MLS Expansion Draft unpredictable by its very nature

Timbers training, 10.10.19

Tomorrow the Portland Timbers could lose one of their players, but there are no guarantees. Only 10 teams will have players selected in this year’s version of what, by now, has become a regular tradition: an offseason expansion draft in Major League Soccer.

Eleven times in the last 14 years, MLS has used this process to add talent to its newest teams, asking each of its existing franchises to make players available to populate new clubs. This year, the league’s 24 existing teams were allowed to “protect” 12 players each from their current roster.

The rest are up for grabs to be selected on Tuesday in the 2019 edition (2:30pm PT,, with the league’s newest teams – Inter Miami and Nashville SC – given a chance to add five players, each, to their first MLS rosters. Teams that lose players get $50,000 in General Allocation Money. Players who lose teams get new ones, along with new homes. It is what it is.

This Saturday, the league announced the players who will be available for selection, and unfortunately for Timbers fans, there are some names Portland will not want to lose:

Expansion draft available players: Portland
Goalkeepers: Jeff Attinella, Aljaz Ivacic, Kendall McIntosh
Defenders: Claude Dielna, Modou Jadama, Zarek Valentin
Midfielders: Dairon Asprilla, Tomas Conechny, Andres Flores, Andy Polo, Renzo Zambrano

Some players, here, have formed deep connections with Portland’s community. Attinella and Valentin stand out most. There are also players who, in their time developing with the Timbers, it would hurt to lose for different reasons. After over two years in the Rose City, wouldn’t it be nice to see Renzo Zambrano continue in green and gold?

You could go through every player on this list and come up with a reason you’d want them to stay. After all, there’s a reason they were Timbers in the first place. But expansion drafts are more of a rule than an exception at this point in Major League Soccer, which means each offseason, fans, coaches, players and their squads are left in the same place. Why do the teams have to lose players for this? Because that’s how it works.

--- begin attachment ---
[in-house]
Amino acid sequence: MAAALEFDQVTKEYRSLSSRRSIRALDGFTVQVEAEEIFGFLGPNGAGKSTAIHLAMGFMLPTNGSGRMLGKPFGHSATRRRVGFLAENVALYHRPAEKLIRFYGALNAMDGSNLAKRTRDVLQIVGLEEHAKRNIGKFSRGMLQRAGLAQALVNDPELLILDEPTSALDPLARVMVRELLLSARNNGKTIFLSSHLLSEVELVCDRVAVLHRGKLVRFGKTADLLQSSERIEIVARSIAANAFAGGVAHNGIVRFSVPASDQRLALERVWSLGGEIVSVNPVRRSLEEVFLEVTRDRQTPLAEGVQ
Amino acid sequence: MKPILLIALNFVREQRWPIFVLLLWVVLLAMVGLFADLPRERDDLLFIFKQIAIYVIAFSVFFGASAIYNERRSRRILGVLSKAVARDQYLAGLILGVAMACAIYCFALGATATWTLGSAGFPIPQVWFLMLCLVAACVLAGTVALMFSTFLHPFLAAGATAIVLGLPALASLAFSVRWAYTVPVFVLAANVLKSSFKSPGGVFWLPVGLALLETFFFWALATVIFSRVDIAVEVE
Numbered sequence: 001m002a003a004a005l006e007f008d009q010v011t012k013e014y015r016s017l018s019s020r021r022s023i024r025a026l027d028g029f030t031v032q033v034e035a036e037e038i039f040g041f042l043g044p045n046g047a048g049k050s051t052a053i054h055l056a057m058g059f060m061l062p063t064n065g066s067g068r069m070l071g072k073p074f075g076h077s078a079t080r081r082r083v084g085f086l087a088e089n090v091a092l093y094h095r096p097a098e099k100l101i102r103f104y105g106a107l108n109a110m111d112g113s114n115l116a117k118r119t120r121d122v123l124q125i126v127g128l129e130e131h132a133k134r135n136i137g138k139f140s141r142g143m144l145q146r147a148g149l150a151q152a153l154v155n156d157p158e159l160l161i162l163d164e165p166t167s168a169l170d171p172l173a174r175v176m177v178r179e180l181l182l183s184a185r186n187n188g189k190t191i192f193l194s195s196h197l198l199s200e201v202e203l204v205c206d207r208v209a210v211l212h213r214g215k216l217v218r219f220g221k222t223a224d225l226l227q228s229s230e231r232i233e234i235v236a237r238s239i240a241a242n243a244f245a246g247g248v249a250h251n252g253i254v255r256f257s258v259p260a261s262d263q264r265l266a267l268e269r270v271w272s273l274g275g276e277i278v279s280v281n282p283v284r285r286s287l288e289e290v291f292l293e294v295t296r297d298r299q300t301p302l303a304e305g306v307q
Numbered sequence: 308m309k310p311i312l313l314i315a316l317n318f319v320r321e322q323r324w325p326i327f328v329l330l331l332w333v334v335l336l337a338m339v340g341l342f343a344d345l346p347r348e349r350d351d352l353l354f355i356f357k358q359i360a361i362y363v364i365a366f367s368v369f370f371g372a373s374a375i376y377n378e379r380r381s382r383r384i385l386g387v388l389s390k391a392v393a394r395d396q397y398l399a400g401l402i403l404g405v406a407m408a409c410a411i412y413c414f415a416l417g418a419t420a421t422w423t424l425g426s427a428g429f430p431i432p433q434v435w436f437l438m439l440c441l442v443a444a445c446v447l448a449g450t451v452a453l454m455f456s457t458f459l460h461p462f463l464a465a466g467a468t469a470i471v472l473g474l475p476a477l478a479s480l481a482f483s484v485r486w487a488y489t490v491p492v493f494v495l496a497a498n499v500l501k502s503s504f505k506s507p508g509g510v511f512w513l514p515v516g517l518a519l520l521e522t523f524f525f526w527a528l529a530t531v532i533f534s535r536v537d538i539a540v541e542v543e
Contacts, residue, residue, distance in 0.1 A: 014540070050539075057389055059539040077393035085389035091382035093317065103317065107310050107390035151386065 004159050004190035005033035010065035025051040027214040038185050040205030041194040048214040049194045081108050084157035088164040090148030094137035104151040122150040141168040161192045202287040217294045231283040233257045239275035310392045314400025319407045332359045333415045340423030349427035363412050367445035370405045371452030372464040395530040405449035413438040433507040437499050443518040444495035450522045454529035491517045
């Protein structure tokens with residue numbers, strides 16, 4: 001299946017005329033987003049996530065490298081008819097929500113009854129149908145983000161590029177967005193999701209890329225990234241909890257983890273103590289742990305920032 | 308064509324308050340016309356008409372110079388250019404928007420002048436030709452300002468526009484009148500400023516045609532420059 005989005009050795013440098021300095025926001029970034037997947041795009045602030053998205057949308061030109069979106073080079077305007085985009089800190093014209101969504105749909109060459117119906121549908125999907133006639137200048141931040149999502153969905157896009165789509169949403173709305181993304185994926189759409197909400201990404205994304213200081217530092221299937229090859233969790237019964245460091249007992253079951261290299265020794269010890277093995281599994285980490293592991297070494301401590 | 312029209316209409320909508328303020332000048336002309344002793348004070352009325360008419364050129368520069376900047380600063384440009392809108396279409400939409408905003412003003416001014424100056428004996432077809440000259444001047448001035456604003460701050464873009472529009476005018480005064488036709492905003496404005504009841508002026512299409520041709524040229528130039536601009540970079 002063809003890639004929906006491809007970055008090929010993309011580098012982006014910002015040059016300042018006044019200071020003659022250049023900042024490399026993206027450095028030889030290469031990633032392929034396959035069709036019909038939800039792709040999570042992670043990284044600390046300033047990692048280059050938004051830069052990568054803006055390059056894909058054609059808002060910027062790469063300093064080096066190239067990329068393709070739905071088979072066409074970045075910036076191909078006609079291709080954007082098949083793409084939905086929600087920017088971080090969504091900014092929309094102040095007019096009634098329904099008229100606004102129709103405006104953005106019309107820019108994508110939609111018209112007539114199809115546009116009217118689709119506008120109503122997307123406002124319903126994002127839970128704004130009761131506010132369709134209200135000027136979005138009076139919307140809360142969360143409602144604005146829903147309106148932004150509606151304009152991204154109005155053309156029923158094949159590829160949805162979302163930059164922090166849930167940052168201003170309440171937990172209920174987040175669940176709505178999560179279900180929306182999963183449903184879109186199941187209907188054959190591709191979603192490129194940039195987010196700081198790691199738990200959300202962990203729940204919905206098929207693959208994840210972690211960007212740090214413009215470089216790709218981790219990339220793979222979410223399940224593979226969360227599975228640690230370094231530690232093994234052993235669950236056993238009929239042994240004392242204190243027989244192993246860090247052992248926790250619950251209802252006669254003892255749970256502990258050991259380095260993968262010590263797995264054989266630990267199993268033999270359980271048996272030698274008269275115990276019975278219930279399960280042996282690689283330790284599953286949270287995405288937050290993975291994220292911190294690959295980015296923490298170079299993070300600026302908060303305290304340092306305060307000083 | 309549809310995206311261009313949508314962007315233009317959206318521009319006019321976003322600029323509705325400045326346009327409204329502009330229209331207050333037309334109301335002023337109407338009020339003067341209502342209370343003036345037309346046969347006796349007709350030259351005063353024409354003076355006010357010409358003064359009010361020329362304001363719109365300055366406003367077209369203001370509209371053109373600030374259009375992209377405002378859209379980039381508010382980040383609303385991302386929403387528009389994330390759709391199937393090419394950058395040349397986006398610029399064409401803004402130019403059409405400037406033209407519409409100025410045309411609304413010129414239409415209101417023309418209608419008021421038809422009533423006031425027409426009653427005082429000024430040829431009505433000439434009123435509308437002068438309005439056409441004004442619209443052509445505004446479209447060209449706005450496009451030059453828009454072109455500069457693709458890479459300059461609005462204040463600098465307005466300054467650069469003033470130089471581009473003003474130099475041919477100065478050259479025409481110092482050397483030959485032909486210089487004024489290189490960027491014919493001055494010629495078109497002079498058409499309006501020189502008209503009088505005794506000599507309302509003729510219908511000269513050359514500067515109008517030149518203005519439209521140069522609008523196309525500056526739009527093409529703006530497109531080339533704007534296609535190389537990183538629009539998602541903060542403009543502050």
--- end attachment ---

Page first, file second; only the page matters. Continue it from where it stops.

The silver lining, though, is by one interpretation of the odds, the Timbers might not lose anybody at all. Six teams are exempt from this year’s expansion draft: five because they had players selected last year (FC Dallas, D.C. United, Houston Dynamo, New York Red Bulls, Vancouver Whitecaps FC) and one because they were the team doing the selecting (FC Cincinnati). That leaves 18 teams in danger of losing someone’s rights. Another way to look at it: 44 percent of clubs who had to expose players will escape Tuesday’s festivities unscathed.

The other must-know about Tuesday is the expansion teams’ point of view. Of the last 20 players selected in expansion drafts – the number of players taken since the league went to its current 5-pick format – nine were immediately traded. Like, that day. They never dressed for the expansion team that picked them. Never even had to get on a plane for a physical. The value they had to a new team came down to what old team was willing to give up for them.

That dynamic makes it difficult to predict was going to happen on Tuesday. The league’s web site has a mock draft up, because that’s what you do whenever there’s a draft. You mock it. But without seeing the plans in place for Miami and Nashville, it’s impossible to know the player profiles they’re looking for. Does Nashville see this draft as a roster-building exercise, or an asset play? Will Miami’s large international drawing mean more competition for playing time, and less of a likelihood that expansion picks will contribute?

It could be a combination of both. In 2017, Los Angeles FC kept three of the five players they selected. Two of them (Tyler Miller and Latif Blessing) were starters for this year’s Supporters’ Shield-winning squad. They had an international draw, but they also had a need for Blessing and Miller. In 2018, FC Cincinnati only made one trade, dealing Kei Kamara to Colorado, but saw another of their picks (Eric Alexander) released midseason. Another selection (Roland Lamah) had the option on his contract declined this offseason. There wasn’t much roster building from last year’s draft for FCC.

All of which is to say expansion drafts can be unpredictable. From players to strategies, we know what the options are, but there is no way of saying “Nashville profiles like a place for [insert Timber here],” or “Inter Miami has to be interested in [another Timbers player].” Without being in those general managers’ offices, we’re left in the dark.

In the light of tomorrow’s Expansion Draft, though, the Timbers could be down a player. It sucks, especially because, so often, the selecting team doesn’t even want the player, but this is still the world we live in. And it happens almost every offseason.